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I don't normally share photos of my children because the Internet scares me, but I love this one of my oldest. It's from her very first Rosh Hashanah (New Year) in 2006 and her arm rolls really made the holiday for me.

The large round challah she's plotting to tear apart is traditionally eaten that time of year. I didn't bake it, as you can tell from the plastic wrap, but bought it from our neighborhood bakery. I know those look like chocolate chips, but they're raisins (leave me alone, I like raisins).

This time of year, we're doing the opposite of cradling a bundle of carbohydrates as big as a baby...we're preparing to get rid of them. Passover starts the night of April 15th the biggest prohibition of the holiday is leaven ie. bread. Anything risen with yeast, baking powder, etc.

The specifics vary depending on observance level and interpretation of Jewish law but basically it's a festival to remember that the children of Israel were released from 400+ years of bondage and fled Egypt with a quickness. As they were scrambling with packing and babies, they didn't have time to let their bread rise so they ate matzah- unleavened bread- that, depending on the culture, can look like large crackers or flatbread.

The purpose of ridding one's home of leaven and eating unleavened bread for the week is to remember. And be grateful. I've heard other interpretations and extrapolations about leaven representing a haughtiness, thinking highly of oneself, being "puffed up" like bread.

Religion can do that to a can do that to a person: make them think they're better than others.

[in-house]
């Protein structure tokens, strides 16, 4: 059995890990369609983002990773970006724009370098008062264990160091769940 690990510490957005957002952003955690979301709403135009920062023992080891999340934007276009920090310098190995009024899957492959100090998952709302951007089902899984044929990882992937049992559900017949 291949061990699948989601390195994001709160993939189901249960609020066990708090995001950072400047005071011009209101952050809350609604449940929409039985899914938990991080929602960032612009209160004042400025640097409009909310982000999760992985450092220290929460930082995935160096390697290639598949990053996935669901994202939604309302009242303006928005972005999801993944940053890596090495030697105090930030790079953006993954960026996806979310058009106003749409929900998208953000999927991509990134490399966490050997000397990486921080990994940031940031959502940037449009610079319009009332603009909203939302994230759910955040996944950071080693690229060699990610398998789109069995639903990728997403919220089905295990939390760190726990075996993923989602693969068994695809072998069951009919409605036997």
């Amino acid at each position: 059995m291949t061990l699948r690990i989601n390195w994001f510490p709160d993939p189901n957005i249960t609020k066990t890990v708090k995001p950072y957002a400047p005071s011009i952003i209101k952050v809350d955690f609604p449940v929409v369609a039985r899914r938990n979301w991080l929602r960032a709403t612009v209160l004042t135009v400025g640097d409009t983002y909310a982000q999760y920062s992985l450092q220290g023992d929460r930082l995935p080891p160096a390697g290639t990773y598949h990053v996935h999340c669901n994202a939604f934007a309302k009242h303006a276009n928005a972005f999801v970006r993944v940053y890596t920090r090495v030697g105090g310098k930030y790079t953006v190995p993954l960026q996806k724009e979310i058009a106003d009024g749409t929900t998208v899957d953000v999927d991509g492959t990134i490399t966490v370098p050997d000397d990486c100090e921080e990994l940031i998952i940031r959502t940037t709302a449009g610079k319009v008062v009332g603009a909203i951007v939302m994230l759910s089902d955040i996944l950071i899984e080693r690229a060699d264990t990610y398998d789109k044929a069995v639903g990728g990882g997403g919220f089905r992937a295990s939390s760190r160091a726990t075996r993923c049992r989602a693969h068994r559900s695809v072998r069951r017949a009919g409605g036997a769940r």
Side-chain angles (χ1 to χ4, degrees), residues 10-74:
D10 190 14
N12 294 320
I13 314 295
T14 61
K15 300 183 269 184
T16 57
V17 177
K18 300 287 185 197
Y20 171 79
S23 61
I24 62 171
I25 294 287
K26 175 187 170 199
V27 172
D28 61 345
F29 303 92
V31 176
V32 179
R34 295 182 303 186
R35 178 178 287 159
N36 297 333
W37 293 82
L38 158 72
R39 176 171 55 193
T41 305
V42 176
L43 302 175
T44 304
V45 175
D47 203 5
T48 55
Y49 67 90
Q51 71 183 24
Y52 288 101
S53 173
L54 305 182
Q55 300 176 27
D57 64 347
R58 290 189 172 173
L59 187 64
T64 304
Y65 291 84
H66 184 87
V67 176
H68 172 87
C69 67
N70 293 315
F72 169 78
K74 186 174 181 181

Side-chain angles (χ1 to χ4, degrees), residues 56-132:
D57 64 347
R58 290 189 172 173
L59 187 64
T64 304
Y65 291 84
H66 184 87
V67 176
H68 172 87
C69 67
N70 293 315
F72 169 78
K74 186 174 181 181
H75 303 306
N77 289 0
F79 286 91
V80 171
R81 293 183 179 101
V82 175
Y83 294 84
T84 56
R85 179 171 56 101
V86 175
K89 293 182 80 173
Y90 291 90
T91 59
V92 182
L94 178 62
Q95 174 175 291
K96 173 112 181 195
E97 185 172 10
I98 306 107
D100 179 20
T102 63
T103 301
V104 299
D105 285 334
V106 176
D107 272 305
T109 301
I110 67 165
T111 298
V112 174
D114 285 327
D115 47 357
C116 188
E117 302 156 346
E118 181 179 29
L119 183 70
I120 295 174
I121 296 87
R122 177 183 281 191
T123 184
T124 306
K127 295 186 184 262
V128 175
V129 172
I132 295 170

When we get rid of the leaven in my house to prepare for Passover, I think about the leaven in my life. What am I full of that I shouldn't be?

It's a stressful time of year because we have to consume everything with leaven between now and April 15th, donate what hasn't been opened, and throw away the rest. I don't know about you but wasting food any time of year is unacceptable to me, but in this economy it feels almost like a crime.

So in addition to getting rid of leaven, it reminds me that it's God who provides and that my faith is in Him, not my stores of goods. It's really a double whammy type of lesson learned the best way: by doing.

I'm keeping an eye on my deep freezer and wondering how many grilled cheese sandwiches I can get my kids to eat in the next two weeks.

Beyond the food, I'm thinking about what's inside of my soul, identity, and heart that needs to go.

My prayer for this time of year is...

Dear God,

I don't expect to be able to see what inside of me has no place in a child of Yours. Please help me to see it and get rid of it. If I can't on my own, which I probably can't, please help me. I tend to hoard to feel safe in uncertainty. Cling to whatever I have. Letting go of things isn't my favorite. Help me remember that it's from You all blessings come and to live with open hands and by faith.

In Yeshua's name I pray, Amen

My newest book: Dear God, Help I'm a Parent is coming June 28, 2022. Preorder here


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